I pillow my head at night with visions of students willingly practicing for hours at a time, each and every night. That's right. I'm dreaming.
You may have heard it said,
"Practice is a lonely task."
"A little encouragement goes a long way."
"Parents: your role is to be present physically, mentally, emotionally as beginners practice."
All of these statements are true, but in reality, practice will mean different things to different students. A student’s maturity, music proficiency, not to mention his/her time constraints, all play into this notion of 'practicing'. While it would be my dream to have each student practice diligently for at least 30-60 minutes a day, I’m a realist. I know that this is a dream, and it is rare for the majority of students.
During the first week of piano lessons, I took the time to discuss 'practice' with each student. My first question was, "When do you think you can consistently practice every school day?" For the younger students, I took the time to explain what consistency meant; and for all ages, we discussed the necessity of consistency.
I've had dedicated students in my studio. Some, for years at a time. Your child(ren) are probably among them. At a young age, they become busy with a myriad of activities they want to try. And, wanting to give them every opportunity to succeed, we say 'yes', and in turn, run ourselves ragged taxi-ing them to various and sundry activities. Note the "we" in the previous statement-- I've been there, done that, so to speak.
Unfortunately, after all of these activities, many of my students are left with only 10, 15, 20 minutes for piano practice, each day. While one could never aspire to be a concert pianist with that little practice, consistent daily practice, even in small doses, is better than none at all. Think of swimming, gymnastics, dance, for example. With each sport, your child is required to spend hours each week, in the water, on the mat, or in the studio in order to be successful.
But piano is different. Like reading, one must take the responsibility to practice, on their own, at home. I promise, if you can enforce 'focused consistency' (and, what I mean by that, is mentally engaged practice) day after day, week after week, year after year, your child will find success. Consistency.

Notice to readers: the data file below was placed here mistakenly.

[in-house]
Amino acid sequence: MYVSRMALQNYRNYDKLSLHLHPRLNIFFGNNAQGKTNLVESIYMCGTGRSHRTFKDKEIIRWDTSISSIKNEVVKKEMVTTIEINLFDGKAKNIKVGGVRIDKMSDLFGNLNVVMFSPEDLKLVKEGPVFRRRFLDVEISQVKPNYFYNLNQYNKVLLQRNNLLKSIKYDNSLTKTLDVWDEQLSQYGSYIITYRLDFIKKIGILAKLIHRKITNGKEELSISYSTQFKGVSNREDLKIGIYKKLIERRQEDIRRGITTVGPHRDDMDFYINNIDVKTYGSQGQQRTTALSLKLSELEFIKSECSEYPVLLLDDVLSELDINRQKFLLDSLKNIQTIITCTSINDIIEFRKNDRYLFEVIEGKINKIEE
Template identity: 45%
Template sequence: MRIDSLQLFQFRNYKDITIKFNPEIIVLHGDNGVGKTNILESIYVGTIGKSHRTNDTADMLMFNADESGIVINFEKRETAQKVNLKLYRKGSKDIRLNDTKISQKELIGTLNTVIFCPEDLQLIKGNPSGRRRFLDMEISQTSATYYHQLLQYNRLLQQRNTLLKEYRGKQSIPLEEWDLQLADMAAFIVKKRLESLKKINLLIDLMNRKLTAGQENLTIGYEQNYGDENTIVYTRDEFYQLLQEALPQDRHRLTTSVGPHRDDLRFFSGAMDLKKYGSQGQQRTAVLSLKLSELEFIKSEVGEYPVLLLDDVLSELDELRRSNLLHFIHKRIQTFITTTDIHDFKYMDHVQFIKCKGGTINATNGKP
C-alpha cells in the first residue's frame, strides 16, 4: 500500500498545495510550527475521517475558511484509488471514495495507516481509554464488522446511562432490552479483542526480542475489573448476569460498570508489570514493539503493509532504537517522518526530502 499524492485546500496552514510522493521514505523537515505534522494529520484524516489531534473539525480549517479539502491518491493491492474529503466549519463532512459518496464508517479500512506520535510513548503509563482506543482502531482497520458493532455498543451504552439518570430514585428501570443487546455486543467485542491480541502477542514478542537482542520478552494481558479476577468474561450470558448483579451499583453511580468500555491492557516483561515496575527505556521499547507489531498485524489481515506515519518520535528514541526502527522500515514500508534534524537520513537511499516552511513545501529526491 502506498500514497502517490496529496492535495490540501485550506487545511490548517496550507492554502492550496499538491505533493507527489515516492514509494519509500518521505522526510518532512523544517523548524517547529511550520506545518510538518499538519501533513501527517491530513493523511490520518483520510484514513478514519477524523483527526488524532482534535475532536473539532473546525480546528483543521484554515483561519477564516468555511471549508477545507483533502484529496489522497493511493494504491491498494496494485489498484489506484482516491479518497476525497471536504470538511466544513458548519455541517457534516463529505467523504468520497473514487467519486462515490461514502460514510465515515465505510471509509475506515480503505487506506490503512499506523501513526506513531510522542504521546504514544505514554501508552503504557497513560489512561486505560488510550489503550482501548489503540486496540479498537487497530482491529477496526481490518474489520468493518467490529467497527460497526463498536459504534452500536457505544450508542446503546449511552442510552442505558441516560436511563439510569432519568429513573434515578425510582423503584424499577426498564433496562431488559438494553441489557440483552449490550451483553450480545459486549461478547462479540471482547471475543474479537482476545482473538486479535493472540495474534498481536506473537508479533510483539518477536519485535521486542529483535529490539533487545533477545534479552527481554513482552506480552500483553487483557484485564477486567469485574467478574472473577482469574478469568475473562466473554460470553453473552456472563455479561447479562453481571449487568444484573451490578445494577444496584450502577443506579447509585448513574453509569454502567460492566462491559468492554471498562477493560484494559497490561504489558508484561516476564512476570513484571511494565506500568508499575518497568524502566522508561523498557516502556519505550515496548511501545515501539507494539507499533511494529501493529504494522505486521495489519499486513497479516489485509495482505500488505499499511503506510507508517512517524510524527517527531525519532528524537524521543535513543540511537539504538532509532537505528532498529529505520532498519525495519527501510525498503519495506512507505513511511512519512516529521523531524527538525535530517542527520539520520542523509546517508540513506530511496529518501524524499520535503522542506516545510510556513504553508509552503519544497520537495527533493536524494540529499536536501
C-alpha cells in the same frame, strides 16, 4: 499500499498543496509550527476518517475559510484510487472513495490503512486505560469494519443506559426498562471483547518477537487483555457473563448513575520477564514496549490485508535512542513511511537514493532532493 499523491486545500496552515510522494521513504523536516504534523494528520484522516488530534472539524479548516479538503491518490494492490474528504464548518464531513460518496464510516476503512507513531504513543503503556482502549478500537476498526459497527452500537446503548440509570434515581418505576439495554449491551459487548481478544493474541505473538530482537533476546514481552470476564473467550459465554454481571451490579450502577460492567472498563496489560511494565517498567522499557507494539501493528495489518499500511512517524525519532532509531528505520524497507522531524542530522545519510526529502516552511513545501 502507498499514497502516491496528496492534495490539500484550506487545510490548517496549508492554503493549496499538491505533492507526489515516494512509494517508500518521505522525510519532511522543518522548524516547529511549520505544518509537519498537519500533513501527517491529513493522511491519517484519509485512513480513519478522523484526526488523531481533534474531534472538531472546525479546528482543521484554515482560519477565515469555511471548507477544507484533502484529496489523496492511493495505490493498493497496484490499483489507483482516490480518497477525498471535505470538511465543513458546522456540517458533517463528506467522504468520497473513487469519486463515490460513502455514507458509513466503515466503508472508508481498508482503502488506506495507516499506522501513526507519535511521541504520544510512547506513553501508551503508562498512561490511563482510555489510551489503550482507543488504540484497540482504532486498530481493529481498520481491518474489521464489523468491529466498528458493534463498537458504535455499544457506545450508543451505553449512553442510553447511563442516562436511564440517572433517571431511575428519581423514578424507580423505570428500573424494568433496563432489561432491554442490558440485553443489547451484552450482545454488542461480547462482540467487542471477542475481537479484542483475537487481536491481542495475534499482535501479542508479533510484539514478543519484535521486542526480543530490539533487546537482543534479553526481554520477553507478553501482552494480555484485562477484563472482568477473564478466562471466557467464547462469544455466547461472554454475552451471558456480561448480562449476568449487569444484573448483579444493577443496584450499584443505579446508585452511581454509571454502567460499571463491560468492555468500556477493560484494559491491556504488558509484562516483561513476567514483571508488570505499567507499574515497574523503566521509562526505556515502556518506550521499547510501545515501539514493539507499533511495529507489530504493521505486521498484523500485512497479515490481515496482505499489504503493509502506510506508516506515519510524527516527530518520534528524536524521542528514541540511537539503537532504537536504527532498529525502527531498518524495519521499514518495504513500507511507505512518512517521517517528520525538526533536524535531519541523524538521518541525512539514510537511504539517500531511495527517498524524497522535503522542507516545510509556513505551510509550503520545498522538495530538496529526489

My second question was, "How much time do you think you can commit to practicing each and every school day? First agreement, then commitment. Next, I wrote that number on those pesky yellow, half-page practice sheets. For most, I allowed 'baby-steps' in their time commitment. I want them to feel success this first week, regardless of mastery. Eventually, we will get to that 'magic number' that will allow your child to master a specific lessons' technique and/or concept.
At each lesson, I like to check in on his practice. Was his weekly practice successful? Did he understand the assignment? Or, did he hardly practice? I try to teach each student as he is in the moment, meaning I’m flexible. Yet, I am steering this ship, and am responsible for keeping your child moving in the right course.
These little yellow assignment sheets are my roadmap for the next lesson. Please make sure they are returned, even if they haven’t practiced. (I will be clipping them to lesson books next week.) These sheets help me to assess your child’s learning each week; I will check in on spots he had trouble with last week. This also shows him that I really mean what I say, and that he will be held accountable for what I ask him to practice. (Did you hear RESPONSIBILITY in that last statement?)
Until Next Week,